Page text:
- The Washington Times - Wednesday, December 18, 2019

The Justice Department on Wednesday announced a new initiative to crack down on crime in several of the nation’s most violent cities.

The initiative dubbed, Operation Relentless Pursuit will boost federal law enforcement resources in those cities while expanding collaboration between federal agencies and state and local partners.

Albuquerque, New Mexico; Baltimore; Cleveland; Detroit; Kansas City, Kansas and Missouri; Memphis, Tennessee; and Milwaukee are the cities picked for the program.

In addition, the Justice Department will bolster the surge by investing $71 million in federal grants for local departments to hire new officers, pay overtime and benefits as well as upgrade equipment and technology.

The funds could pay for as many as 400 new officers to local departments across the country.

Each of the cities has struggled with crime even as the nationwide crime rate has dropped since 2016. Detroit has the highest violent crime and assault rate in the country, while Milwaukee’s crime rate is five times the national average.

“We are going to provide substantial resources to state and local law enforcement that will have a long-term and lasting effect,” Attorney General William P. Barr said at a press conference in Detroit to announce the initiative.

Mr. Barr was flanked by the heads of the FBI, Drug Enforcement Administration, Bureau of Alcohol Tobacco, Firearms and Explosives, and the U.S. Marshals.

“Operation Relentless Pursuit seeks to ensure that no American city is excluded from the peace and security felt by the majority of Americans while also supporting those who serve and protect these communities with resources, training and equipment they need to stay safe,” Mr. Barr said.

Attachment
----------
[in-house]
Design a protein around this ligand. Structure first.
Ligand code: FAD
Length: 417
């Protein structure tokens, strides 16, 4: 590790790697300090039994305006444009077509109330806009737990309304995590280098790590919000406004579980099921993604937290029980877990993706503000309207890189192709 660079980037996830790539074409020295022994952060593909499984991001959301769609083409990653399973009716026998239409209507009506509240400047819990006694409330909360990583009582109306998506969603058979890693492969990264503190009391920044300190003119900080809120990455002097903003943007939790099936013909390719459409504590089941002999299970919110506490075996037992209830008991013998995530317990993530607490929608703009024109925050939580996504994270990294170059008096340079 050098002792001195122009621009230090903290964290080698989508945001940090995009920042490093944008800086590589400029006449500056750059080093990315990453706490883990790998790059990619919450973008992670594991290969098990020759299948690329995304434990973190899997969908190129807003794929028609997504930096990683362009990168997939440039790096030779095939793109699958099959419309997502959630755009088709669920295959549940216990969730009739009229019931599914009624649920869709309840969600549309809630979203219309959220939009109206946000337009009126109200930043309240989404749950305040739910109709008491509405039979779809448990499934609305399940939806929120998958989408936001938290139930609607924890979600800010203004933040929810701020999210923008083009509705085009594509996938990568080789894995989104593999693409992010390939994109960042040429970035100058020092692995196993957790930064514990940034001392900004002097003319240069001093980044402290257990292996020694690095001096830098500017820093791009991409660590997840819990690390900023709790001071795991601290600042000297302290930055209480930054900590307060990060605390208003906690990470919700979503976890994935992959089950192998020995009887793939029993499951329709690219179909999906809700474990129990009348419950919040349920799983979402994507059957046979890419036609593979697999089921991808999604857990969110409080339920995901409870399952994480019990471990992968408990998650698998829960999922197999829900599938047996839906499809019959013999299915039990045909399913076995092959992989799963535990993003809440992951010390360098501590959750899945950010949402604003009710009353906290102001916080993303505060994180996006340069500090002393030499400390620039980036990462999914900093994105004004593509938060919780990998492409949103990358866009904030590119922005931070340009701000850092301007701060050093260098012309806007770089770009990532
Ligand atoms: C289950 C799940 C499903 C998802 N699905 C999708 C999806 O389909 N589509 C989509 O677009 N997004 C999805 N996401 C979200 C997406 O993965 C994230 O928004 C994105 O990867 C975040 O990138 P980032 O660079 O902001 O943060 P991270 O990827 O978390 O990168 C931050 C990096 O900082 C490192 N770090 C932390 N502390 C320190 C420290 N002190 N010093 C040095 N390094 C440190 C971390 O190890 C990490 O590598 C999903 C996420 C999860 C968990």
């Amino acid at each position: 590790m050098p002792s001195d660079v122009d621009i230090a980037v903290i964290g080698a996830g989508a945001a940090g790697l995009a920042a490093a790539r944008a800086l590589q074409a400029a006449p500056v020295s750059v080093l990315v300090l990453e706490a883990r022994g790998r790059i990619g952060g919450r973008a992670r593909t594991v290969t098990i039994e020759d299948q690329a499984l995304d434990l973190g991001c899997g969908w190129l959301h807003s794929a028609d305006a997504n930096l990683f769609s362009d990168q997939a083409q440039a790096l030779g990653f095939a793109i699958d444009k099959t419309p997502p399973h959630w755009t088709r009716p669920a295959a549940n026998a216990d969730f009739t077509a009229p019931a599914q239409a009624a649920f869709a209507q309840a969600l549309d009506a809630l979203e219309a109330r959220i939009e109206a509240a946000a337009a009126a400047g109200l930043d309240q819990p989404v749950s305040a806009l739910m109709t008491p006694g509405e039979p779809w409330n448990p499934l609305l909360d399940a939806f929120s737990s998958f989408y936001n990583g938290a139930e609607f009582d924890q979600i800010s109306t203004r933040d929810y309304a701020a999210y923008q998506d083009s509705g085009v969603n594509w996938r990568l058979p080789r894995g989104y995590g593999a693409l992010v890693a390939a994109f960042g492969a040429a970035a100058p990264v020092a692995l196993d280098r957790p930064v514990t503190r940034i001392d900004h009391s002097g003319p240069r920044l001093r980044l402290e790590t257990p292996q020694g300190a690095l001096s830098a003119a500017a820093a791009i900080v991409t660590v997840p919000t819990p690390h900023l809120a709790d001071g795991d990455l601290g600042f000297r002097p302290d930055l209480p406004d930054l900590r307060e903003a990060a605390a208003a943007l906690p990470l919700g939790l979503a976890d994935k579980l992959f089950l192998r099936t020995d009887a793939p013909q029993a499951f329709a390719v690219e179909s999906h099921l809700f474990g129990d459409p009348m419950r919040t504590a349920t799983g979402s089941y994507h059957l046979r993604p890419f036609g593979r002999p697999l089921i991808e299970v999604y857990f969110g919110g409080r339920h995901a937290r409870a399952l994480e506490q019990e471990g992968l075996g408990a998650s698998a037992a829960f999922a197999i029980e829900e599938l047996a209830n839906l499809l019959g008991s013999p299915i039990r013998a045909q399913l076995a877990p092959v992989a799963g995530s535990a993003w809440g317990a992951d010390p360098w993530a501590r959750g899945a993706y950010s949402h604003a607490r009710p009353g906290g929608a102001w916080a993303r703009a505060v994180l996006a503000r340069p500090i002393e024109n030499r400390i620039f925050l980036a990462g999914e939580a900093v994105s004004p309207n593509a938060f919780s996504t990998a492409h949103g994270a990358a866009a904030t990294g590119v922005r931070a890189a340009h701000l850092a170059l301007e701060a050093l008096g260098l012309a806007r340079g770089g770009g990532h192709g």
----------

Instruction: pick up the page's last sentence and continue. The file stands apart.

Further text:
The attorney general said the cities were selected for a variety of factors, including crime rates. But local authorities’ ability to work with their federal partners also influenced the process, he said.

“It was very important to have local partners that were effective and working with our joint task forces,” he said.

The heads of the federal law enforcement agencies said the new resources will help them carry out their missions.

FBI Director Christopher A. Wray said the initiative will help it combat the threats that “arise from gangs and criminal enterprises that drive violence in the communities we are sworn to protect.”

Acting DEA Administrator Uttam Dhillon said the initiative will strengthen the agency’s ability to “work with our federal, state and local partners to pursue the worst offenders and make our communities safer.”

• Jeff Mordock can be reached at jmordock@washingtontimes.com.

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